UK, 1990-1993, one-hour comedy, directed by Ferdinand Fairfax, Simon Langton, and Robert Young

A rare example of absolutely every position being filled by precisely the right (and only) person who could fill it, Jeeves & Wooster overflows with Very Particular Style. Adapted from a collection of silly P.G. Wodehouse books, the British series presents Bertie Wooster (played by Hugh Laurie) and his manservant Jeeves (Stephen Fry), galavanting into and out of trouble in a fabulously wealthy milieu of the 1920s. Bertie is an idiot, and constantly finds himself wandering cluelessly into mayhem; Jeeves is a perfect gentleman, and would never go so far as to suggest that it is his intervention that saves the day on every occasion. (Think The Nanny but with the stiffest of upper lips.)

Writer Clive Exton is apparently some kind of wizard, so perfect is his apprehension of the Wodehouse style. And the comedy sings, thanks to the absolutely masterful casting of Laurie and Fry — who were already famous for A Bit of Fry & Laurie. Though the content is so light and airy as to leave barely any impression whatsoever, it has proven difficult to adapt in the past: A musical version was one of Andrew Lloyd Weber’s most calamitous flops.

A movie version with Fry and Laurie was discussed, and even strongly supported by John Cleese, but never materialized. But that’s probably for the best, since the television series is as faithful a literary adaptation as one could possibly achieve, wisely concluding after four seasons just as the comedy threatened to go stale. MATT BAUME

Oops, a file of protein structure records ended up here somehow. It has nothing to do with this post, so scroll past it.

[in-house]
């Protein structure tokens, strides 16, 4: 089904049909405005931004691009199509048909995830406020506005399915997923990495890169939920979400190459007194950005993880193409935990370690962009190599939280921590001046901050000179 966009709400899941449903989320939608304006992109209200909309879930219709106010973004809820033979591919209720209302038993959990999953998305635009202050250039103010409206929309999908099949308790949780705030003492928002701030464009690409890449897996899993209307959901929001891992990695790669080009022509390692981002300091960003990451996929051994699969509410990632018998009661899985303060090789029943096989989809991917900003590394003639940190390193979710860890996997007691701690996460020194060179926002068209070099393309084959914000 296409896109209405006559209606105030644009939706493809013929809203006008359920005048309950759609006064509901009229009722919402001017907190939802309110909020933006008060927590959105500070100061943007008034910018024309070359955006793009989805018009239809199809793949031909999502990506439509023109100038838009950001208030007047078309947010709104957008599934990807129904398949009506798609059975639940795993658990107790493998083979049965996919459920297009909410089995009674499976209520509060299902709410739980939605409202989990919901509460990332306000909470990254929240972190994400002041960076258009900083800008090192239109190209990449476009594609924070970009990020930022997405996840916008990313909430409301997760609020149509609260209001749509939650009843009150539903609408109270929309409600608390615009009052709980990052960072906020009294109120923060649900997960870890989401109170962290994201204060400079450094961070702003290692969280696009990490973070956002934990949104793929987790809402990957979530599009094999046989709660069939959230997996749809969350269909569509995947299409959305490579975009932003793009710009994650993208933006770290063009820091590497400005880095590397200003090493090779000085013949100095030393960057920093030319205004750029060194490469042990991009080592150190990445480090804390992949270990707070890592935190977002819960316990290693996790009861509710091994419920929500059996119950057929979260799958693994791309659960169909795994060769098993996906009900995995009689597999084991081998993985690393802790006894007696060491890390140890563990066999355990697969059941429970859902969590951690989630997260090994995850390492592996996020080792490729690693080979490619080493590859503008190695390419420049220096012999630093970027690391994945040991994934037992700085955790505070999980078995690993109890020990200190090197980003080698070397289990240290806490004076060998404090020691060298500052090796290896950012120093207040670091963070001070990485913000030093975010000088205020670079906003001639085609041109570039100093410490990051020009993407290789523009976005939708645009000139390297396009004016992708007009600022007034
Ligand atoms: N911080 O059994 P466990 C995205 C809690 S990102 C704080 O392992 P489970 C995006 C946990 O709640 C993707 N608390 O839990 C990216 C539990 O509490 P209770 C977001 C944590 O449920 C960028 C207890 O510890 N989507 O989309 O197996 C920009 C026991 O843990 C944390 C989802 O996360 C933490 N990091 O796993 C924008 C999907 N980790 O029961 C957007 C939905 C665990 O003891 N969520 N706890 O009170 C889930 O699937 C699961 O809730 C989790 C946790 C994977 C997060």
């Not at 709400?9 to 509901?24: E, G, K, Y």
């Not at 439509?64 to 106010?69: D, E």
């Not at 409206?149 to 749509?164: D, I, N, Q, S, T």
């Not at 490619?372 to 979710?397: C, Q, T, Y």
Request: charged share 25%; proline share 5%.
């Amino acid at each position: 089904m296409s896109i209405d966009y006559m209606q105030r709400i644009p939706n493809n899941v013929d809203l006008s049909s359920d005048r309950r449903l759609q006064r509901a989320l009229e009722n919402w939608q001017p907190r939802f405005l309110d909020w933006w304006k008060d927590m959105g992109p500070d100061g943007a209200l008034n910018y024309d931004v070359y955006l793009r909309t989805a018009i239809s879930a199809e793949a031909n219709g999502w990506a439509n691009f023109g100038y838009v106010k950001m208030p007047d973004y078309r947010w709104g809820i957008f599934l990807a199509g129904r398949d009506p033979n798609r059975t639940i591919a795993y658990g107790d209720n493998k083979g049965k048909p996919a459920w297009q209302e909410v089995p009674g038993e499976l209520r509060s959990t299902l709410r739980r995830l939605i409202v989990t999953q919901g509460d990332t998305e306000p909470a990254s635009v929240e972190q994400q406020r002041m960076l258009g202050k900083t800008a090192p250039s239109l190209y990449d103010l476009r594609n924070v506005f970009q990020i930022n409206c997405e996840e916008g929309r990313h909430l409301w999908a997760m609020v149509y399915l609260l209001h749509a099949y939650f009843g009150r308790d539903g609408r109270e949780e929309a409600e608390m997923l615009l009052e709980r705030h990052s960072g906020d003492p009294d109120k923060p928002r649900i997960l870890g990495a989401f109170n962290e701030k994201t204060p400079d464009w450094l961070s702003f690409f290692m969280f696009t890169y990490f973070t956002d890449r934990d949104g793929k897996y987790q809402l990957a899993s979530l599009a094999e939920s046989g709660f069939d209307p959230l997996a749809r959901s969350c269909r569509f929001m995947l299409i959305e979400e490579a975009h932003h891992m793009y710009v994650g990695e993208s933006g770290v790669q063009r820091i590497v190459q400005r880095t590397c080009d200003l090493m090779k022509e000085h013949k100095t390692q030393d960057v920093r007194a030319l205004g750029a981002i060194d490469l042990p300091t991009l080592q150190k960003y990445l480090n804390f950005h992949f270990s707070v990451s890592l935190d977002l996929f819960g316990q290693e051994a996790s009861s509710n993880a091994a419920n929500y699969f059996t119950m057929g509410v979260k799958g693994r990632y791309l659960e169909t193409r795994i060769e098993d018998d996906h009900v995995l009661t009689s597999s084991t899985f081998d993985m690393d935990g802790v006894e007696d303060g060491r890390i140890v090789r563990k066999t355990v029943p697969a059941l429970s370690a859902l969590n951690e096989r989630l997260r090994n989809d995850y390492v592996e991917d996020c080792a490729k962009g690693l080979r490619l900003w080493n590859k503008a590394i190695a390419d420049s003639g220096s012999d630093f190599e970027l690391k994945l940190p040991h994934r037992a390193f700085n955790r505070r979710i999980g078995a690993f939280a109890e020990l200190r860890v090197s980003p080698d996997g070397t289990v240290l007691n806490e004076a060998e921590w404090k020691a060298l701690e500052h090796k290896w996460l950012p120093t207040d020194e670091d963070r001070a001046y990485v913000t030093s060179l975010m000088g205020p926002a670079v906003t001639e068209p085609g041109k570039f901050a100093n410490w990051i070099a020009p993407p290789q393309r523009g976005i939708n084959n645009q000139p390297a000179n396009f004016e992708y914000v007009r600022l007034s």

Find it in the British Comedy Television section. 


NOW STREAMABLE! Every week we feature on formerly unstreamable movie that’s now on streaming platforms. 


Iran, 1997, 95 min, Dir. Jafar Panahi

At first glance, The Mirror seems like a girl version of Abbas Kiarostami’s Where’s the Friend’s House? Both take place in Iran (one in an urban city center, the other in a rural countryside), both feature determined little children running around their communities, both seem to take a neorealist slice-of-life approach to telling the story. But about halfway through The Mirror, things start to diverge. I won’t spoil it fully, but fourth walls are broken and stuff gets a little experimental. Director Jafar Panahi takes the simple story of a first-grade girl named Mina (Mina Mohammad Khani) wandering around the city after her mother is late picking her up from school and turns it into a meditation on how reality and imagination are bound up in each other. Panahi watches Mina from a distance, often filming her with a zoomed-in lens from yards away, traffic interrupting our view. My favorite parts are when she’s running down the busy sidewalks in the city in her scarf and sweater, just barely holding onto her backpack, her shoes pounding the pavement beneath her. There’s something stubborn and free about her that frees me. JAS KEIMIG

Find it in the Directors section under Panahi, Jafar. It’s available to stream on Criterion Channel.


Looking for more? Browse our big list of 350+ hard-to-find movies over on The Stranger.

The fine print: Unstreamable means we couldn’t find it on Netflix, Hulu, Shudder, Disney+, or any of the other hundreds of streaming services available in the United States. We also couldn’t find it available for rent or purchase through platforms like Prime Video or iTunes. Yes, we know you can find many things online illegally, but we don’t consider user-generated videos, like unauthorized YouTube uploads, to be streamable.